"I could die for you but dont ask me to live for you"
Catcher in the Rye
For the portrayal of a frustrated individual. For showing me Salinger .
"The Catcher in the Rye offers something for every reader. You may relate to Holden Caulfield's angst and alienation; you may be drawn to his rye humor or cynicism; or you may be offended by his pursuit of relationships, intimacy and sexuality."
To kill a Mockingbird by Harper Leee
The only book written by the author. For reminding me of the simple pleasures of life. For telling me why we must stand by our convictions. As one of the main characters Atticus puts it " I must live with myself before I live with others".
1984 by George Orwell
This book paints a stark picture of what governments could mutate into if we are not vigilant enough.About how freedom is worth more than anything else. For painting a harrowing dystopia.
" 984 was George Orwell’s chilling prophecy about the future.1984 presents a startling and haunting vision of the world, so powerful that it is completely convincing from start to finish."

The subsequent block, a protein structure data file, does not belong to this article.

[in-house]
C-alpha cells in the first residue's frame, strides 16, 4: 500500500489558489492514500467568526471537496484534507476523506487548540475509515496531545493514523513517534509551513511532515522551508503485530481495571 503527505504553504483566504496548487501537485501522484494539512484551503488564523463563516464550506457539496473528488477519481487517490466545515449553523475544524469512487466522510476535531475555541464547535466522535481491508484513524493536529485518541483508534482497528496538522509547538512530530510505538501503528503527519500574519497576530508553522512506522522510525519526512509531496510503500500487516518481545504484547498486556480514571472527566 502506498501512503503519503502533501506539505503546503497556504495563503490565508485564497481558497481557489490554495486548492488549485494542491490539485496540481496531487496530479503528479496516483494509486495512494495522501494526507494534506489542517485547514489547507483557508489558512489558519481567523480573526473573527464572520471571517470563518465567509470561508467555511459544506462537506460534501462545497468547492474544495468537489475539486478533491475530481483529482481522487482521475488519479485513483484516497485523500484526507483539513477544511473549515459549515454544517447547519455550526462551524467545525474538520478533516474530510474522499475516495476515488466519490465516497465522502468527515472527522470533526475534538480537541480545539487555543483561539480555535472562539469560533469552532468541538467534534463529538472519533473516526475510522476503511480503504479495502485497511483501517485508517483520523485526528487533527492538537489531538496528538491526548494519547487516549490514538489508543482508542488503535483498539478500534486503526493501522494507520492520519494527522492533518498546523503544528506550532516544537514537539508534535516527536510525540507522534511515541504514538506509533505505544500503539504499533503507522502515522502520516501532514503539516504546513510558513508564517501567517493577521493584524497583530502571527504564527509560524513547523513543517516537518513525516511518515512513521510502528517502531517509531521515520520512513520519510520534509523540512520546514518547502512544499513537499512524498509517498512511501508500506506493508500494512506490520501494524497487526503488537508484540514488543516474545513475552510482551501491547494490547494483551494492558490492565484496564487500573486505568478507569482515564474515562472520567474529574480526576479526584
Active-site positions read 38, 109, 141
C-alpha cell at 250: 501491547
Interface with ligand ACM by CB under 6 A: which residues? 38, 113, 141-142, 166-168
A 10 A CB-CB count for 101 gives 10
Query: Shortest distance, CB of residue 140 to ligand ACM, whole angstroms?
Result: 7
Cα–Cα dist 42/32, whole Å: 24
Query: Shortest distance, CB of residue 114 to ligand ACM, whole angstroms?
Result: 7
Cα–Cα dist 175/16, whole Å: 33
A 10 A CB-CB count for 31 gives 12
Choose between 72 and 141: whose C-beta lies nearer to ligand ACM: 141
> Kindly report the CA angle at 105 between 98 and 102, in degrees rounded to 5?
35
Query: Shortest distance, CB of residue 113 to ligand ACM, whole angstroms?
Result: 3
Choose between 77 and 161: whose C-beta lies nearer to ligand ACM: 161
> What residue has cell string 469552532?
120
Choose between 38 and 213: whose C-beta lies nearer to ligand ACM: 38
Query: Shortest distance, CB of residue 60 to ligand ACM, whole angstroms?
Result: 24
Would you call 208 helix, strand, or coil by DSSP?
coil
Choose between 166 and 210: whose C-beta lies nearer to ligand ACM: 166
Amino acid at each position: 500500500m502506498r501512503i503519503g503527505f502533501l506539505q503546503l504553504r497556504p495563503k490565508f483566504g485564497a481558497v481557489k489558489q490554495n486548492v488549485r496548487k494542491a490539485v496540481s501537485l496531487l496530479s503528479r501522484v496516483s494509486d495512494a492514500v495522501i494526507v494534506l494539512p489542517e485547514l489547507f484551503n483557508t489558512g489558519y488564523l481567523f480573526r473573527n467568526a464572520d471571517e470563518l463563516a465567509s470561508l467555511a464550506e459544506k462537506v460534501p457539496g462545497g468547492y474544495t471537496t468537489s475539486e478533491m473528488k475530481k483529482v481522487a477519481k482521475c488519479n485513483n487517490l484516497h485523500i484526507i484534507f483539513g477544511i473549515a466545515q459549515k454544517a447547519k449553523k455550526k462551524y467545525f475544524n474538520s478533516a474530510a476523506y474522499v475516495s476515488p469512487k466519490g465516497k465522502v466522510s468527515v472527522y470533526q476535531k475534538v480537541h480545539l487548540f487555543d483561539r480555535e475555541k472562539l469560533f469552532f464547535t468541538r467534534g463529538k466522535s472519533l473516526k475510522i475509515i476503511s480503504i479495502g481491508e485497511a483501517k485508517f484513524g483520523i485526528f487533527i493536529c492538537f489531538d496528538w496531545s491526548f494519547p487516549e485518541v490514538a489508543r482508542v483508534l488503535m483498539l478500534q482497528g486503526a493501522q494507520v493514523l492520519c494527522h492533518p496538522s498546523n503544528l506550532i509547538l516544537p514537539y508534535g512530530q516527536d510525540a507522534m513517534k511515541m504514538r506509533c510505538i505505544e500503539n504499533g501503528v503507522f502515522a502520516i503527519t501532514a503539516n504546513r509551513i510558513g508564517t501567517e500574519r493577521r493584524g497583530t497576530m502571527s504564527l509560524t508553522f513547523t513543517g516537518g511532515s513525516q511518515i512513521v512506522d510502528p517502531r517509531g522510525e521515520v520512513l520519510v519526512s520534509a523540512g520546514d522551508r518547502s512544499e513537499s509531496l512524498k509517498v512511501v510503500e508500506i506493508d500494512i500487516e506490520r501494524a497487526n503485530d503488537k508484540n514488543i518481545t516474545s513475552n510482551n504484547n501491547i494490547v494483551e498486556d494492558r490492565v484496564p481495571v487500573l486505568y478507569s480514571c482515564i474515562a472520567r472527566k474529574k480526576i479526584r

A Brave New World by Aldous Huxley
It portrays an utopia where there is no suffering, no guilt and where you live a life which you were literally created to do.It made me think if its worth compromising passion,emotions and freedom for pleasure and security.
Dreams from my Father by Barack Obama
For its honesty. For giving me an insight into the issue of racism and for making me ponder on the issues of origin and identity.
Lolita by Vladimir Nakabov
For the beauty of prose. For shwoing that a man cant help his sexual preferences and for showing how manipulative the "victim", at times, could be. it taught me to look at everything without prejudice.
Lord of the Rings by JRR Tolkien
For the sheer wonder. If a man could conjure a whole world including peoples,histories and languages, there is no end to human creativity.
The Curious Incident of the Dog in the Night Time by Mark Haddon
For presenting a harrowing descent into madness and illustrating how simple it is to being the descent. Madness is just another way of thinking.
The Hannibal Series by Thomas Harris
For showing me that contradictions exist everywhere. That what we call madness is just another way of thinking. For the horror, intrigue and beauty(Yes Hannibal Rising is poetically beautiful).
The Godfather by Mario Puzo
" A searing novel of the Mafia underworld, The Godfather introduced readers to the first family of American crime fiction, the Corleones, and the powerful legacy of tradition, blood, and honor that was passed on from father to son. With its themes of the seduction of power, the pitfalls of greed, and family allegiance, it resonated with millions of readers across the world. "
For being a classic. For Vito Corleone. For the Mob. For Mario Puzo. For " Ill make him an offer he cant refuse".
And more,many more, many many more.
I'm pretty sure I have missed out a lot of books. And I'm also sure that this is long enough not to miss them 😀